New Delhi: India on Thursday asked Pakistan to take a humanitarian view and release Sarabjit Singh, an Indian national on death row following his conviction for alleged involvement in bomb attacks in that country in 1990.
External Affairs Minister SM Krishna said in the Rajya Sabha that Sarabjit Singh has been sentenced to death on September 15, 1991 on allegations that he was involved in three bomb blasts in Lahore and one in Multan.
"It is not our case that he was involved (in those blasts)," he said during Question Hour. "We don`t share that (Pakistan`s view of his involvement in the blasts)."
India has taken up the matter with government of Pakistan "very seriously," he said.
With Sarabjit`s mercy petition pending before the Pakistan President, he said, "it is necessary for them to take a humanitarian view" of the petition. The issue was being pursued "with all diligence at our command," he added.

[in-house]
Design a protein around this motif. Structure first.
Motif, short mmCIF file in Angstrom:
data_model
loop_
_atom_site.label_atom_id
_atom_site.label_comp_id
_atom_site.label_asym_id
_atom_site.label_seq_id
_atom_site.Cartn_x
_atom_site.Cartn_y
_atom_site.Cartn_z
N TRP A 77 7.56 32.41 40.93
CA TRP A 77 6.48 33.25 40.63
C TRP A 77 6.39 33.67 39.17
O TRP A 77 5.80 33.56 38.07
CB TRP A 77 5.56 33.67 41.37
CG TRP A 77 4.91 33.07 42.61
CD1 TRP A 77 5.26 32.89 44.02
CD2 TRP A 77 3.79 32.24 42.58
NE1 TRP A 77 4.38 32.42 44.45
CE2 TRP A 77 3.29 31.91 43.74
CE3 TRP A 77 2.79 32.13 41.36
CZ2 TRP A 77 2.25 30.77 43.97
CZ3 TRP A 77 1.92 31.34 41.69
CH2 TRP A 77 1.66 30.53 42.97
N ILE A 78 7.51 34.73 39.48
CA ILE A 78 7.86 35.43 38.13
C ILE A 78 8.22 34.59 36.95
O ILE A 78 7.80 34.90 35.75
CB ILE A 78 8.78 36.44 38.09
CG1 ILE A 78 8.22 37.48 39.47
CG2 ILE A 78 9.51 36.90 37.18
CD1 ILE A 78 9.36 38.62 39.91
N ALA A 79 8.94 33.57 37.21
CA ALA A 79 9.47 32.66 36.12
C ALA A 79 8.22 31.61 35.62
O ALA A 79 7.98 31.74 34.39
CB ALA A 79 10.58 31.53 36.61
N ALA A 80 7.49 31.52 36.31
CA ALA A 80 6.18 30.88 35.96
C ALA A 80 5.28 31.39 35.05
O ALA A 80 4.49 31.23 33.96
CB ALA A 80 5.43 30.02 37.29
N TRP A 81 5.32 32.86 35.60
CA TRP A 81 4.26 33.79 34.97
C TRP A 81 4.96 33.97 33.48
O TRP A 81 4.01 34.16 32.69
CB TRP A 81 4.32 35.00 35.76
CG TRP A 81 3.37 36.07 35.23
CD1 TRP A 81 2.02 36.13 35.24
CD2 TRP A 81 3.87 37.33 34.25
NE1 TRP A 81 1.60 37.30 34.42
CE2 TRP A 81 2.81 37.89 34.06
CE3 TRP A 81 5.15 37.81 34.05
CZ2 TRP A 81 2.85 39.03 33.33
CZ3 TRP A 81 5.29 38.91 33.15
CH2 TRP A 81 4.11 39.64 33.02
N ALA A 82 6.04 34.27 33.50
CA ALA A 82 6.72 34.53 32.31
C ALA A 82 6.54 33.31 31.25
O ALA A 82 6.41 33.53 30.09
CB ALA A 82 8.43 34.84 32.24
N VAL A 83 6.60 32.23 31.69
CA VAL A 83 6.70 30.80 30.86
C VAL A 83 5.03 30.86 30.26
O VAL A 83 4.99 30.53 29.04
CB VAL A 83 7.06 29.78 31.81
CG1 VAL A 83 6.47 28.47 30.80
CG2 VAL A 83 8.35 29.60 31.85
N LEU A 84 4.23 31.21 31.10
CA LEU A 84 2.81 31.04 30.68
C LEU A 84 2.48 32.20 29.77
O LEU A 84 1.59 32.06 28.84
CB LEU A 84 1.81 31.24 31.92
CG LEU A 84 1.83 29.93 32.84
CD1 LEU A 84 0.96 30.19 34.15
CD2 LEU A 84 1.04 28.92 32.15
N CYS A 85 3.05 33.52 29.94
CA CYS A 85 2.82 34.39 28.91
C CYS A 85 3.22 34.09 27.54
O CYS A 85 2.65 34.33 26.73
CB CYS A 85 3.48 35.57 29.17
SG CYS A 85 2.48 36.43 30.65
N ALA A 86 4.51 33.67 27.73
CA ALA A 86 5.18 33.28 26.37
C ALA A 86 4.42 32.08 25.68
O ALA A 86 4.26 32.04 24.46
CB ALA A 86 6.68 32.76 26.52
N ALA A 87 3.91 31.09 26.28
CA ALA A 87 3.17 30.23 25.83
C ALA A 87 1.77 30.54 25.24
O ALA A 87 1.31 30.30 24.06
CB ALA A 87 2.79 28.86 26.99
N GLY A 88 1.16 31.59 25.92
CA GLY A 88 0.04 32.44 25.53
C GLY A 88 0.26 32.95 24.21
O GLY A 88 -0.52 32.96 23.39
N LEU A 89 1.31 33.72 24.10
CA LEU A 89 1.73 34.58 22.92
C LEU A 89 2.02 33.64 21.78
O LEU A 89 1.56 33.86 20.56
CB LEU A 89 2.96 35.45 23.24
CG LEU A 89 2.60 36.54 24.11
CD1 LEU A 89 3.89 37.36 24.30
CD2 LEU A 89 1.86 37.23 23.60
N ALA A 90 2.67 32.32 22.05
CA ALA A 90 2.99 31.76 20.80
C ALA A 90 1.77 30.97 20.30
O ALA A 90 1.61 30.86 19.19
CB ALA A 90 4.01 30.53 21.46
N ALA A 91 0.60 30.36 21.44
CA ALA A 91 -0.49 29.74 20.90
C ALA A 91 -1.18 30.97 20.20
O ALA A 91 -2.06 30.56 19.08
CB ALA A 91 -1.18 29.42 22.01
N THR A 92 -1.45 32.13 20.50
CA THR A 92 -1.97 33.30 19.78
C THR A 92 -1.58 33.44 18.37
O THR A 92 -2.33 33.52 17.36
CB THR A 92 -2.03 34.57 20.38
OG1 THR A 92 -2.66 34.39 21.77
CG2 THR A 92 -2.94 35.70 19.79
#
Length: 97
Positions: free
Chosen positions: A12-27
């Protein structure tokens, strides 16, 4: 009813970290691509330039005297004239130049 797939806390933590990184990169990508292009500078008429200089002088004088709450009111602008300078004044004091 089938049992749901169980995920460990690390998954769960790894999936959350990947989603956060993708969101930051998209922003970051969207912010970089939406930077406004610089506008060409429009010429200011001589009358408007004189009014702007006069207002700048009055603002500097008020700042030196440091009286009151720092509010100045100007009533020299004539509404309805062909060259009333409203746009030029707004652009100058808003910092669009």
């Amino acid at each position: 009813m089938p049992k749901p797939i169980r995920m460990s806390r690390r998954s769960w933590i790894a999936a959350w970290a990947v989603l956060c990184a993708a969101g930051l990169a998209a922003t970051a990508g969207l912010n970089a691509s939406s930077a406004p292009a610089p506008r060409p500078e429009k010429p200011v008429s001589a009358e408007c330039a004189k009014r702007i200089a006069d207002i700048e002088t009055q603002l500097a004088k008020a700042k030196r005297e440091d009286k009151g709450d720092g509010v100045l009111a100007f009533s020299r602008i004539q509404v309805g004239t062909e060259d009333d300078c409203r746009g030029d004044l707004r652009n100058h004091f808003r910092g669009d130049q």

"The government of India will do everything in its power to get the Indian national in Pakistan`s custody released," he said.
The government has given an ex-gratia of Rs 3 lakh to the next of kin of each of the persons in detention in Pakistan.
Krishna said there are 558 Indian nationals in custody in Pakistan. Out of them, 232 are civilian prisoners, 252 fishermen and 74 missing defence personnel. The missing defence personnel include 54 Prisoners of War since 1971.
"The government of Pakistan has acknowledged the presence of only 72 Indian civilian prisoners and 237 fishermen lodged in Pakistani jails. Pakistan does not acknowledge the presence of any Missing Defence Personnel in its custody," he said.
Krishna said New Delhi has been consistently taking up with Islamabad the issue concerning all Indian prisoners in Pakistani jails.
He said Pakistan released 454 Indian fishermen and 19 Indian civilian prisoners in 2010. So far this year, Pakistan has released 103 Indian fishermen and 12 civilian prisoners.
An India-Pakistan Judicial Committee on Prisoners was formed in 2008 to make recommendations to the two government on release of prisoners, he said, adding the committee has met four times so far.